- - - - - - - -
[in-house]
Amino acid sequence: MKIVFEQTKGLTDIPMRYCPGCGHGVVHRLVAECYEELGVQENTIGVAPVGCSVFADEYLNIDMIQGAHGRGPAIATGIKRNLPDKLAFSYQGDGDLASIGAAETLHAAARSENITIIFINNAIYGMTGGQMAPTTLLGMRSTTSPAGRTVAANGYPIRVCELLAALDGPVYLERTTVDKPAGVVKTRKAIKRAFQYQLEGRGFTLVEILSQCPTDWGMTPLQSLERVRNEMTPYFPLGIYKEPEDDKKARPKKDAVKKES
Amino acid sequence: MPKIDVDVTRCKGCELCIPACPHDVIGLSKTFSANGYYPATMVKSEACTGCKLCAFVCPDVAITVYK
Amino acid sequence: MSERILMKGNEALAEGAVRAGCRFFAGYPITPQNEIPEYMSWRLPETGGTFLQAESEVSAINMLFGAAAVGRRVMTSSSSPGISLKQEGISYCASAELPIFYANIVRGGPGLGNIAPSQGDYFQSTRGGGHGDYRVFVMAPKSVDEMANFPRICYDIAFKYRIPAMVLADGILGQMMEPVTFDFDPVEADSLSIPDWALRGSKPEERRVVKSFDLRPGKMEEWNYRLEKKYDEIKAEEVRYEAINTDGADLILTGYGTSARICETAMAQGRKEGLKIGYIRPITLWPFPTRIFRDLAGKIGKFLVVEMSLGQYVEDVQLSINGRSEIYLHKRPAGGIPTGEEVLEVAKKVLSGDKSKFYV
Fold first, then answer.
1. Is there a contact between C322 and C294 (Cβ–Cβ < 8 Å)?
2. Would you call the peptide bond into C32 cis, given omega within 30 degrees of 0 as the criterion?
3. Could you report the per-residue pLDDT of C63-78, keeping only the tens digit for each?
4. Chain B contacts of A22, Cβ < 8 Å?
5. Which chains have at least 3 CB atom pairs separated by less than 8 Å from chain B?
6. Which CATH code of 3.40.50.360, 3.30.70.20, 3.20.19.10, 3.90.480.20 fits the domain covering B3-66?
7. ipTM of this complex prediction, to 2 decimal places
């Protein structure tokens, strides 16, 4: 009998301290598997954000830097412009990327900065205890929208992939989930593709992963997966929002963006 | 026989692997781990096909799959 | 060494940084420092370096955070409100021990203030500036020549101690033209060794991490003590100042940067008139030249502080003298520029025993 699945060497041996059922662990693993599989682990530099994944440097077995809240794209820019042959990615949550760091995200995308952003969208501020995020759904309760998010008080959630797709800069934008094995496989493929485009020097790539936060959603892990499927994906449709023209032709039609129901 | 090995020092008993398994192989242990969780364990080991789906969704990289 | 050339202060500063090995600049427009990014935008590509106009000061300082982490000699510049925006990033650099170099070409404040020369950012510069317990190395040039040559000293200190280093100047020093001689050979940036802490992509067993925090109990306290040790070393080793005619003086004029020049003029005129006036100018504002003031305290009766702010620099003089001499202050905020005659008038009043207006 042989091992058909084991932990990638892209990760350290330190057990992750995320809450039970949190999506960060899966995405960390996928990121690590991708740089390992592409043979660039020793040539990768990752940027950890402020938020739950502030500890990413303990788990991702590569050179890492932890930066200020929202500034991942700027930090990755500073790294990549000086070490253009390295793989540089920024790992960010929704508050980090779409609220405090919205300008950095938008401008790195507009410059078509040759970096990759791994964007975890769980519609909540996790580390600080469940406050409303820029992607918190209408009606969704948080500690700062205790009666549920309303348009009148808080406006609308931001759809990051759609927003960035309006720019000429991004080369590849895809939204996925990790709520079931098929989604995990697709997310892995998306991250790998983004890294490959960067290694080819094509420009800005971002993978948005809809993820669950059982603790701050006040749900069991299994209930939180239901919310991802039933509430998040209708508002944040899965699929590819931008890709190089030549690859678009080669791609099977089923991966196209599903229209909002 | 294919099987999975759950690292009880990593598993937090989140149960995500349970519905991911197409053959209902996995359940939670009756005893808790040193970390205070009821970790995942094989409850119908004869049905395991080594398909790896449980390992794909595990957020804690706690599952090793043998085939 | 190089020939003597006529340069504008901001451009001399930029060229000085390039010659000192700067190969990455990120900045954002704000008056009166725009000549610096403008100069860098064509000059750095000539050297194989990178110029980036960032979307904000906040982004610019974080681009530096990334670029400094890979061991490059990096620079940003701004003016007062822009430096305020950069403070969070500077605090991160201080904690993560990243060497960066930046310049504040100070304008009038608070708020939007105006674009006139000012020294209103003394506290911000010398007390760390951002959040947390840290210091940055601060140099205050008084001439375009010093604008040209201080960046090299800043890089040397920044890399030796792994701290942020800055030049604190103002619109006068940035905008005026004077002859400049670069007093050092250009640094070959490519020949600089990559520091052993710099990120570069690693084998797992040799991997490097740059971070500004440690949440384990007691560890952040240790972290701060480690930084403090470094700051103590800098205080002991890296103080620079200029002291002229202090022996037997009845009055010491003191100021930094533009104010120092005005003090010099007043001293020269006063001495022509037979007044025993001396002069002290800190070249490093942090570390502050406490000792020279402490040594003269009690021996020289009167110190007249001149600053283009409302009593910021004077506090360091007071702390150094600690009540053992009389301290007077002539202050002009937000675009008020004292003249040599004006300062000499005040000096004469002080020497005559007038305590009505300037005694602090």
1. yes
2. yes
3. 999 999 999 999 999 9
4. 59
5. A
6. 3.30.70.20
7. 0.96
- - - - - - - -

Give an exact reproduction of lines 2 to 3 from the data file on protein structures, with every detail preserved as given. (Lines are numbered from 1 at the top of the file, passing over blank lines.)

Amino acid sequence: MKIVFEQTKGLTDIPMRYCPGCGHGVVHRLVAECYEELGVQENTIGVAPVGCSVFADEYLNIDMIQGAHGRGPAIATGIKRNLPDKLAFSYQGDGDLASIGAAETLHAAARSENITIIFINNAIYGMTGGQMAPTTLLGMRSTTSPAGRTVAANGYPIRVCELLAALDGPVYLERTTVDKPAGVVKTRKAIKRAFQYQLEGRGFTLVEILSQCPTDWGMTPLQSLERVRNEMTPYFPLGIYKEPEDDKKARPKKDAVKKES
Amino acid sequence: MPKIDVDVTRCKGCELCIPACPHDVIGLSKTFSANGYYPATMVKSEACTGCKLCAFVCPDVAITVYK